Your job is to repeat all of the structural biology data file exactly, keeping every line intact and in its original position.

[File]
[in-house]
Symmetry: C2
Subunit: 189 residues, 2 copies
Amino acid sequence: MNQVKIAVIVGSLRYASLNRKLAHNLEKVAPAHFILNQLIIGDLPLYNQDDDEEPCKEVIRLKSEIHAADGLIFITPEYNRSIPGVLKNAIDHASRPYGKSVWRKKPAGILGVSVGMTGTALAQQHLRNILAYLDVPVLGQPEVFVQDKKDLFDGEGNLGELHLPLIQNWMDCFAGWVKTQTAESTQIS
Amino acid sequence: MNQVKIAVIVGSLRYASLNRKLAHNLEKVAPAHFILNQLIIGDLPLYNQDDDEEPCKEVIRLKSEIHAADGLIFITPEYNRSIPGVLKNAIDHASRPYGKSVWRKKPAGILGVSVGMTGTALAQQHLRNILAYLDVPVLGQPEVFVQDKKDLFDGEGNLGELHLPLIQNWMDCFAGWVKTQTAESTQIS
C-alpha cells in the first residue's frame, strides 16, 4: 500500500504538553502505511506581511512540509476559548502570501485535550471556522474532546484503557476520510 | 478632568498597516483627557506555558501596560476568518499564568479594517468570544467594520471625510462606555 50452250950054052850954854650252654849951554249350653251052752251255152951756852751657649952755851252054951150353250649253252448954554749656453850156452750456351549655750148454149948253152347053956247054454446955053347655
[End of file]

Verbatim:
[in-house]
Symmetry: C2
Subunit: 189 residues, 2 copies
Amino acid sequence: MNQVKIAVIVGSLRYASLNRKLAHNLEKVAPAHFILNQLIIGDLPLYNQDDDEEPCKEVIRLKSEIHAADGLIFITPEYNRSIPGVLKNAIDHASRPYGKSVWRKKPAGILGVSVGMTGTALAQQHLRNILAYLDVPVLGQPEVFVQDKKDLFDGEGNLGELHLPLIQNWMDCFAGWVKTQTAESTQIS
Amino acid sequence: MNQVKIAVIVGSLRYASLNRKLAHNLEKVAPAHFILNQLIIGDLPLYNQDDDEEPCKEVIRLKSEIHAADGLIFITPEYNRSIPGVLKNAIDHASRPYGKSVWRKKPAGILGVSVGMTGTALAQQHLRNILAYLDVPVLGQPEVFVQDKKDLFDGEGNLGELHLPLIQNWMDCFAGWVKTQTAESTQIS
C-alpha cells in the first residue's frame, strides 16, 4: 500500500504538553502505511506581511512540509476559548502570501485535550471556522474532546484503557476520510 | 478632568498597516483627557506555558501596560476568518499564568479594517468570544467594520471625510462606555 50452250950054052850954854650252654849951554249350653251052752251255152951756852751657649952755851252054951150353250649253252448954554749656453850156452750456351549655750148454149948253152347053956247054454446955053347655